Journalist and War Hero James Brady Dies at 80

Penned Much-Read Column for Ad Age, Created Post's 'Page Six'

By Published on .

NEW YORK ( -- James Brady, longtime Ad Age columnist and author of "Parade" magazine's celebrity profile column "In Step With," died yesterday at his home in Manhattan. He was 80.

James Brady
Photo: Buck Ennis

James Brady

A James Brady sampler:

Attack on New York
Dispatch From Inside a Wounded City
Mr. Brady, who for decades wrote Ad Age's "Brady's Bunch" column that was a much-sought after home for bold-face media names, was described by Parade Chairman-CEO Walter Anderson as a "towering figure in American journalism." He was a decorated war hero and a prolific author, writing fiction as well as an account of his return to North Korea, "The Scariest Place in the World." He also authored "Why Marines Fight," and "The Coldest War" and at the time of his passing was finishing a new book, "Hero of the Pacific: The Life of Legendary Marine John Basilone," a World War II hero.

In November 2001, Mr. Brady was awarded the Bronze Star. The ceremony was attended by Ad Age editor in chief Rance Crain, who commemorated the occasion in a column. At the event, Mr. Crain wrote that Mr. Brady said, "I haven't spent the last 49 years wringing my hands over the medal because I always had the medal. It wasn't on my breast; it was in my heart. I had the great privilege and high honor of commanding U.S. Marines in deadly combat and doing it competently and with honor. There is no higher decoration or citation than that."

To Ad Age readers, Mr. Brady is best known for his signature writing style, rubbing shoulders with John Fairchild and Coco Chanel at his frequent roosts at Elaine's and The Four Seasons. For more than 25 years, the cigar-chomping columnist's writings graced Ad Age's pages, and on special assignment for Ad Age he covered the world-changing fall of the Berlin Wall and, in 1987, the poignantly sad story of the Chilko River disaster that took the lives of several ad execs including the VP of advertising for Procter & Gamble. He recalled the experience in a 2005 story titled "A Long Way to Go to Die."

"I admired Jim's work for a long time before I got the courage to ask him whether he might contribute to Ad Age," Mr. Crain recalled. "When he did, he brought a style and grace that was instantly embraced by our readers. He made a lasting and great impression on our publication and audience, and I'll forever be grateful for his storytelling. He will be greatly missed."

It all started at the New York Daily News, where Mr. Brady worked his way through college as a copyboy. After graduation and returning from the war, he wrote ad copy for Macy's but he really made his name at Women's Wear Daily, where he was hired in 1953. In 1956-58 he covered Capitol Hill for Fairchild Publications during the Eisenhower administration.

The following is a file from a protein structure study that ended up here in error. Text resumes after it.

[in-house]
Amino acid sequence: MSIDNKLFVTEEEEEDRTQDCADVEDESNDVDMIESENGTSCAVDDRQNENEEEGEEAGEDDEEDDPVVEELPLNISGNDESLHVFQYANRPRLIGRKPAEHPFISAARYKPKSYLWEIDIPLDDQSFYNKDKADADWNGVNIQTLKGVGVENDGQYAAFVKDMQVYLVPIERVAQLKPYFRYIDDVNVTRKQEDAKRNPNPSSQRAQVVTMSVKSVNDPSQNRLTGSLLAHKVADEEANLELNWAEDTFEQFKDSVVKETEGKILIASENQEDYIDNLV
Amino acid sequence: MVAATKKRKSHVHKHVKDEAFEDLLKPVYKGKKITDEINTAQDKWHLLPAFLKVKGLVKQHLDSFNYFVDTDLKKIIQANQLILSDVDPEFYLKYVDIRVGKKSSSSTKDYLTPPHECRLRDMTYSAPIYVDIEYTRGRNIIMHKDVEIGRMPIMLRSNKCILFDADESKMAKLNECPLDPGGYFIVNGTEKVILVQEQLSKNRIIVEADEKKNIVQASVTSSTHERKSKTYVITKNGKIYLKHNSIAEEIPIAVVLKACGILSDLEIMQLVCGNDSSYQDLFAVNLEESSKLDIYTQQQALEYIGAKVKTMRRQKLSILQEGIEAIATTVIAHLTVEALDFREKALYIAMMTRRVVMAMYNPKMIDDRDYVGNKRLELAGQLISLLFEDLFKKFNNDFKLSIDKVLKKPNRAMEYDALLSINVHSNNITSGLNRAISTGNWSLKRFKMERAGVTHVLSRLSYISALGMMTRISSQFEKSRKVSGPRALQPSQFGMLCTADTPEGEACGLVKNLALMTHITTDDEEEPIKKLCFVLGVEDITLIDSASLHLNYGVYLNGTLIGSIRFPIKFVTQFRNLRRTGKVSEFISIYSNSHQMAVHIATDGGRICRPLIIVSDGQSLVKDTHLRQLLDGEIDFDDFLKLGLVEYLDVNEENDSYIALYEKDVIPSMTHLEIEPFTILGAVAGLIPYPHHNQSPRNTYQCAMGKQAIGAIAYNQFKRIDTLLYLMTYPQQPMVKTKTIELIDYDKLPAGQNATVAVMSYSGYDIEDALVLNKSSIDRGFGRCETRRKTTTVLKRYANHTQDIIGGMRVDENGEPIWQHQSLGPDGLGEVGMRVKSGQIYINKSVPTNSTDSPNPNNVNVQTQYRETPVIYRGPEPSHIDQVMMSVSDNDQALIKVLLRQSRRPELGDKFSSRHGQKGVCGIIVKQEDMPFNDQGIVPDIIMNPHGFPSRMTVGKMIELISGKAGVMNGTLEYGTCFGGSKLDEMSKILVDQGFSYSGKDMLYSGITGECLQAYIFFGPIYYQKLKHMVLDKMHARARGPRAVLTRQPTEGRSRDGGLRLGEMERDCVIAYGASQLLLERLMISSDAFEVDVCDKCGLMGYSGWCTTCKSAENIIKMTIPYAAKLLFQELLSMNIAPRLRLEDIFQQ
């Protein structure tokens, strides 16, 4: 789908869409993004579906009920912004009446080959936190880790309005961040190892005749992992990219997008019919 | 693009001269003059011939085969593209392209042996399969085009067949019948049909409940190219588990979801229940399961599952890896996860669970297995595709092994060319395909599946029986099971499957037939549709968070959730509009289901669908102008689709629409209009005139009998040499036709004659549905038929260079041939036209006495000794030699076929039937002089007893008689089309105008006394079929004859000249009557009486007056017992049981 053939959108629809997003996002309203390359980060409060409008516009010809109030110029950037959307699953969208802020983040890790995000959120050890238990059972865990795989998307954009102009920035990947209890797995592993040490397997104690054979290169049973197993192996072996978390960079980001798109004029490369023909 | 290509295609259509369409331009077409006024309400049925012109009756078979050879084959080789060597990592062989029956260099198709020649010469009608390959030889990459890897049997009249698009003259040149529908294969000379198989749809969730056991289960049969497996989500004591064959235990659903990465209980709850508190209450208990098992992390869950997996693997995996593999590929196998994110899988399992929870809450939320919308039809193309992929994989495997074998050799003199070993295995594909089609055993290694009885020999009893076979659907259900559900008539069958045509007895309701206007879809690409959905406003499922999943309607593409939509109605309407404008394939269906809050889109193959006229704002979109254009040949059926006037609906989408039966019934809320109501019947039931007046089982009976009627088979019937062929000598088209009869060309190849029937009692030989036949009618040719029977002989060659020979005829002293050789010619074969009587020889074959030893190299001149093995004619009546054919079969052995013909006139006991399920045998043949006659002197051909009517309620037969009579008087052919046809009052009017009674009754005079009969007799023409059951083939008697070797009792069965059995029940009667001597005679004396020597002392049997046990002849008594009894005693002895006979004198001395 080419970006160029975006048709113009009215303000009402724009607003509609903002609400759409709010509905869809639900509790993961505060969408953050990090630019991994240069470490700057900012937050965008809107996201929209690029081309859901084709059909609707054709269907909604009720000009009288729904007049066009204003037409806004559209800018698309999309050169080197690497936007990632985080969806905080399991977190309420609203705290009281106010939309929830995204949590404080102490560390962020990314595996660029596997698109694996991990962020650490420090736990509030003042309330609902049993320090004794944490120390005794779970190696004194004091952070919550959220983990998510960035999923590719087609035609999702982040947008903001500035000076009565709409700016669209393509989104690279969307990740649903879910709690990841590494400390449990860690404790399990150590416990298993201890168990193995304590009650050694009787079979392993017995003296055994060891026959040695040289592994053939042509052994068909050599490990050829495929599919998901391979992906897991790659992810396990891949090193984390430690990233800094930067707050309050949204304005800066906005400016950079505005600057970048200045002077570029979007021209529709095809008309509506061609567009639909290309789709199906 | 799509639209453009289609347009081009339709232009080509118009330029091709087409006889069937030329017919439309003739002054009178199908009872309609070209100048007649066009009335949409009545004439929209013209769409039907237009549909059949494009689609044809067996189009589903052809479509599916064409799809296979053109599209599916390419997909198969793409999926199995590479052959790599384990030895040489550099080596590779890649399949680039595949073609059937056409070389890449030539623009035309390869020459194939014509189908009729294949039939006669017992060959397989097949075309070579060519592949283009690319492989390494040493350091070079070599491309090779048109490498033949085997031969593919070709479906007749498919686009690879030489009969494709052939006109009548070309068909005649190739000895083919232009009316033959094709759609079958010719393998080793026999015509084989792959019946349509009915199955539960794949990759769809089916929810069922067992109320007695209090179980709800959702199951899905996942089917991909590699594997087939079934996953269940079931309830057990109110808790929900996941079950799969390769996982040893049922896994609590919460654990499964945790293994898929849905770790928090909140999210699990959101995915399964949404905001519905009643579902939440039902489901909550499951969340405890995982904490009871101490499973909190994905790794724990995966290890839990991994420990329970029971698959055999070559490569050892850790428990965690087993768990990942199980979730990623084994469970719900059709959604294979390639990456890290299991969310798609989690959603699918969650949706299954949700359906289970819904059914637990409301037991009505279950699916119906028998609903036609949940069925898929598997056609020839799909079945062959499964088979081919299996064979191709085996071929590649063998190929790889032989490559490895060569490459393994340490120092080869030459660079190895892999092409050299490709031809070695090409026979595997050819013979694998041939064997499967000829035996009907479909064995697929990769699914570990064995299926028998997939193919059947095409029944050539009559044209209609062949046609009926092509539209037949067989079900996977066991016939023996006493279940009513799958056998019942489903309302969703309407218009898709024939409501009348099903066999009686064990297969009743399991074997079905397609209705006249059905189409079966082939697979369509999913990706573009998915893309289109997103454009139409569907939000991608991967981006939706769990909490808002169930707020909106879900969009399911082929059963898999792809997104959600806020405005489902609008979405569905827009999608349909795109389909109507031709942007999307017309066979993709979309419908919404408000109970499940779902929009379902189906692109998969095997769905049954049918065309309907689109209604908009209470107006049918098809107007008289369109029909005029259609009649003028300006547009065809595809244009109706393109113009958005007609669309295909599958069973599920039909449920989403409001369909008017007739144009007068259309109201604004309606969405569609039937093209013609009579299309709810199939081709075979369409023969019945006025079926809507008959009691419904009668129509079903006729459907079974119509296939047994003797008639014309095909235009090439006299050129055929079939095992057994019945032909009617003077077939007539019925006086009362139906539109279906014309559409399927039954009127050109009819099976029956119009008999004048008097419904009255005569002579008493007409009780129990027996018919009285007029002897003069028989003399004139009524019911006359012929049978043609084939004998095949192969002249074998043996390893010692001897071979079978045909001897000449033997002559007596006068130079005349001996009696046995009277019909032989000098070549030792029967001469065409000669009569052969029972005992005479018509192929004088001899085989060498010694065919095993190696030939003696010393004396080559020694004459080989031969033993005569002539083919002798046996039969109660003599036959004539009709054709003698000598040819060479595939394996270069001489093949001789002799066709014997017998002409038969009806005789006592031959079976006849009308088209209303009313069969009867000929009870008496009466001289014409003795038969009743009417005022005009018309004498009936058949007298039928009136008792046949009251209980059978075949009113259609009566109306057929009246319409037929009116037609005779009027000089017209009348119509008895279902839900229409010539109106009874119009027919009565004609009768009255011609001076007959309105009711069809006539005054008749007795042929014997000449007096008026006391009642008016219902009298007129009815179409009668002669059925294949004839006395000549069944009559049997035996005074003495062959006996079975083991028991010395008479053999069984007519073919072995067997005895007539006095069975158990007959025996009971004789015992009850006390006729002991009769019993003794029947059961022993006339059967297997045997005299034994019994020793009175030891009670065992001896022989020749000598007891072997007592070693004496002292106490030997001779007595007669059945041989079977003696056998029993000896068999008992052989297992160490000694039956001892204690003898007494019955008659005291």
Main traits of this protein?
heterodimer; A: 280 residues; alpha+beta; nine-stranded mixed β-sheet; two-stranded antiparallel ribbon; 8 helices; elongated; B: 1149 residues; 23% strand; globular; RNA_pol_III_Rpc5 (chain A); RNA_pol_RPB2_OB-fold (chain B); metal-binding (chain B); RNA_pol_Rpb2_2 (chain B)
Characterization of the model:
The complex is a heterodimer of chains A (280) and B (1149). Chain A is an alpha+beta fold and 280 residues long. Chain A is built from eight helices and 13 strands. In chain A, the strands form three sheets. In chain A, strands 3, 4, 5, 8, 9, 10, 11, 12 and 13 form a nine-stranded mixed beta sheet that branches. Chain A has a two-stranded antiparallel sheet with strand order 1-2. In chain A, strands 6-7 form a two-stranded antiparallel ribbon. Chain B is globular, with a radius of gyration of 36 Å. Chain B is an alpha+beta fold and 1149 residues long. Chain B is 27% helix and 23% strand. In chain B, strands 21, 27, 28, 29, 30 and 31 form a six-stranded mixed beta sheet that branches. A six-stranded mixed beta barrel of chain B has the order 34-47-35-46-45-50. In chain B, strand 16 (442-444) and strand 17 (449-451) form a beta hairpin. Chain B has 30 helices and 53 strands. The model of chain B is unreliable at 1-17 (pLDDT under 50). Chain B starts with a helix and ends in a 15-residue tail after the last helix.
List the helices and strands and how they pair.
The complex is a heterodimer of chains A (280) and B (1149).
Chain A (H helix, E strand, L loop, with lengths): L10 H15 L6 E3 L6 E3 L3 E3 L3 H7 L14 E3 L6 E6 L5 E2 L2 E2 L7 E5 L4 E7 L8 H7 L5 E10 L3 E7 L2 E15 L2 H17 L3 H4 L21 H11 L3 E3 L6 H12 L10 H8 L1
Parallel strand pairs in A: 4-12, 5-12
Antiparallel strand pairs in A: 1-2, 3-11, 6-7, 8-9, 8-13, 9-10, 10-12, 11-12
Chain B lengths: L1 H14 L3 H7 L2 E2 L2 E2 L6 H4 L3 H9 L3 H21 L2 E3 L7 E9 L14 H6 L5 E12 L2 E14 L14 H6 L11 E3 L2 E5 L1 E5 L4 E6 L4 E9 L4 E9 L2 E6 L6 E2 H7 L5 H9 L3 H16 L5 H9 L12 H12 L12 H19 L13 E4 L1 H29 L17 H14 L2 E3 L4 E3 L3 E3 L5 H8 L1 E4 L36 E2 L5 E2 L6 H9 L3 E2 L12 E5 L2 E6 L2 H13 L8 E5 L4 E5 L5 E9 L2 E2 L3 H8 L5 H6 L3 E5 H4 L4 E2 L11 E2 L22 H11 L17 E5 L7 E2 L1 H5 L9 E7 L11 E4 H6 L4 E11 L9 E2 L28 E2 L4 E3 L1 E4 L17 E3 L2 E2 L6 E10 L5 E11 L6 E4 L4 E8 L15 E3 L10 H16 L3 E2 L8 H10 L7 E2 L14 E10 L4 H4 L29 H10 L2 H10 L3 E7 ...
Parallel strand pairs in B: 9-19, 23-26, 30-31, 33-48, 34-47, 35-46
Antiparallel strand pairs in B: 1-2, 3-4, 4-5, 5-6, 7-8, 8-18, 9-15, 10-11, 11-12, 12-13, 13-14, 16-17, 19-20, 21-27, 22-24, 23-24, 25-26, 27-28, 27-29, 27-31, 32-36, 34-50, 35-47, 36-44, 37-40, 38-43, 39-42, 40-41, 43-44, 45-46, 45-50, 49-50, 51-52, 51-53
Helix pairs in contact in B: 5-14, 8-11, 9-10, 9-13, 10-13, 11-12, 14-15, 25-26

Mr. Brady was boosted to London bureau chief for Fairchild in 1959 and two short years later jumped to bureau chief and European director in Paris, where he became well acquainted with Ms. Chanel, who is said to have referred to him as "mon petit indien ... my little Indian."

He became publisher of Women's Wear in 1964, transforming the trade paper into a media force to be reckoned with and shepherding the consumer spinoff of W magazine as the company's editorial director. In 1971 he left to join Hearst Magazines as VP-editor and publisher of Harper's Bazaar -- where he was fired for trying to modernize the title a bit too quickly for management tastes.

Not all was lost, however, as he then penned his first book, "Superchic," about his publishing adventures and misadventures. That led to a job with New York magazine, where editor Clay Felker tapped him to write the "Intelligencer" column. Not long thereafter, he hosted a TV talk-show spinoff for New York that was nominated -- and won -- several Emmys. Mr. Brady eventually became editor succeeding Mr. Felker.

In 1974, he joined the weekly tabloid Star as editor, working for Australian media mogul Rupert Murdoch where he spent nine years before being tapped as associate publisher of the New York Post. He is also credited with creating and writing the Post's powerful "Page Six" gossip column.

To celebrate the 25th anniversary of Page Six in 2001, Mr. Brady wrote for the Post: "Oh, what a town this is! Oh, what a life it's been!"

Most Popular
In this article: